The ability to listen deeply, is a vital condition through which we may engage in critical conversations with empathy. The ability to sense others’ emotions, acknowledge their needs, celebrate their gifts, recognize both their strength and weaknesses, and understand their perspective builds trust and leads to a state of flow.

Flow is an ideal state of an organization behaving harmoniously as its highest self. A state in which the organization is acting as a collective, able to respond and act on changes in its environment. As we reflect on “environment”, we realize that nature has many lessons to teach us. We have all seen flocks of birds wheeling and swooping in a choreographed unison.

This phenomenon is called flocking. It’s fascinating because birds in flock don’t just follow a leader or a neighbour. Instead, they collectively anticipate and respond to sudden changes in the flock’s direction of motion. Because of this phenomenon birds fly further with less energy, have better chances to protect themselves from predators, and are more responsive to their environment and less dependent on their leader.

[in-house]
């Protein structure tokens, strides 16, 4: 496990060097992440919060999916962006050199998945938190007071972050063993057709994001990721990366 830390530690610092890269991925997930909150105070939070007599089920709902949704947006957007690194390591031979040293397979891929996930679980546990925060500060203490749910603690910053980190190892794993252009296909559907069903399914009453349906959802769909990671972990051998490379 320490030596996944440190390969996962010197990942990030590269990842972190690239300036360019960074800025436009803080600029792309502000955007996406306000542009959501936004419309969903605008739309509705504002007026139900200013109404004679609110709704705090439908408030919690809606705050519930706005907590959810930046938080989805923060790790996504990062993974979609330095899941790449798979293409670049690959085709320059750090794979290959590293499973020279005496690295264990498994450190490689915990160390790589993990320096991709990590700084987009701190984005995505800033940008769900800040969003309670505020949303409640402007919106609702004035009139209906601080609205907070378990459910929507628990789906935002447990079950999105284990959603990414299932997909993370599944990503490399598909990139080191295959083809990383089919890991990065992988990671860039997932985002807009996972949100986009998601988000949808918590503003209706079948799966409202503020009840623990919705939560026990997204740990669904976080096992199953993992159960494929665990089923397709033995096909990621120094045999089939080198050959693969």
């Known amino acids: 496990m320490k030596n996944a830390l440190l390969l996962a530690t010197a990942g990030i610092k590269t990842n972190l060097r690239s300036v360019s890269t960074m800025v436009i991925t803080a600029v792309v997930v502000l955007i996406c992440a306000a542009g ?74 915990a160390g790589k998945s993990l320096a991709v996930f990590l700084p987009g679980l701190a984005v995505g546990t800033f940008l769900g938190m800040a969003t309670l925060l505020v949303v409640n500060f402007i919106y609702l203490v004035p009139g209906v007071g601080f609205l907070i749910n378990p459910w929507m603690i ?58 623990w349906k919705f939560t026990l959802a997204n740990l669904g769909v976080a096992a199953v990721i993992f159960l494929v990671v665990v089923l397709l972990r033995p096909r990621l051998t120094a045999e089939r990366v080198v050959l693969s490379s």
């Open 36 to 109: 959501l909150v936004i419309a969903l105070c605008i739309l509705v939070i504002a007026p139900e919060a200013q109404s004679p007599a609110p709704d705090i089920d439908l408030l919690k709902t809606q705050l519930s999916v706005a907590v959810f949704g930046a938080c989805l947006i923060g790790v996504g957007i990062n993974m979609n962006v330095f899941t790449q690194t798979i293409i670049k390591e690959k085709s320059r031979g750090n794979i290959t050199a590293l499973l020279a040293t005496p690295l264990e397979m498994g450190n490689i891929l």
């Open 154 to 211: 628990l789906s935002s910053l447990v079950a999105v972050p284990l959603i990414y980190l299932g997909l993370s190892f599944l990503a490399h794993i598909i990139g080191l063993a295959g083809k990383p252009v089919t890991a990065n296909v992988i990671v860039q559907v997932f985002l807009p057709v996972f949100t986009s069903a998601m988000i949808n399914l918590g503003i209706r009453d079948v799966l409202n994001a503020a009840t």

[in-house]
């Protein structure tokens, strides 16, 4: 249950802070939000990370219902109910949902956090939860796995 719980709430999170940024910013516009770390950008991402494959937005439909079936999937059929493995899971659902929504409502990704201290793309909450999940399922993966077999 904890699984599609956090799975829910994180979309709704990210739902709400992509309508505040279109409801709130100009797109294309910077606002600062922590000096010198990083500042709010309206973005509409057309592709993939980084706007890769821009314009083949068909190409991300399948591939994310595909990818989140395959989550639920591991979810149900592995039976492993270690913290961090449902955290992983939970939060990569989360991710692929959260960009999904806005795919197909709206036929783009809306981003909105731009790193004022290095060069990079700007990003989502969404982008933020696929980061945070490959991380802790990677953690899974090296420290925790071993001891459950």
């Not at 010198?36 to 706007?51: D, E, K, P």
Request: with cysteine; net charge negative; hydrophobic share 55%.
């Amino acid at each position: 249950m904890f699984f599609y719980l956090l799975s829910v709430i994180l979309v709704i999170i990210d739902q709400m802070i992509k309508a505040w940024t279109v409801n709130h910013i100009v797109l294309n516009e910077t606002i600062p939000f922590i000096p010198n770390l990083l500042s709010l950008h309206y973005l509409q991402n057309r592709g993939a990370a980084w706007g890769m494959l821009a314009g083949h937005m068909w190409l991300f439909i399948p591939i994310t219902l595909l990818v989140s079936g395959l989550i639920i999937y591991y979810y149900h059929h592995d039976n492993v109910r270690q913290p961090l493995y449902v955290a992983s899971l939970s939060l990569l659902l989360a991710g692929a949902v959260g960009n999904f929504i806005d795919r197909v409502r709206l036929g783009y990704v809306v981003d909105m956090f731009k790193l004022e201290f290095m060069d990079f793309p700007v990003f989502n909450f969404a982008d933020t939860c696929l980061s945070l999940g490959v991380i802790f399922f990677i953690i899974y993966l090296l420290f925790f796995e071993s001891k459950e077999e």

As designers we may be predisposed to have a high Emotional Intelligence. We learn to understand and experience the feelings of others through a multitude of tools. We engage users in the creation process using methods like Human-Centered Design. While it may seem simple to transfer these principles to organization design, it is often challenging when we are the subject of our own creation.

The Moment’s Unique Shade of Teal

A year ago, I published Fifty Shades of Teal: Why Teal is not for the faint of heart. It was my first reflection piece on The Moment’s journey to embrace the concept of a Teal Organization. Since publishing in the fall of 2017, The Moment team has grown and learned a lot, including my own personal ability to grow with, and help design, a transitioning management structure.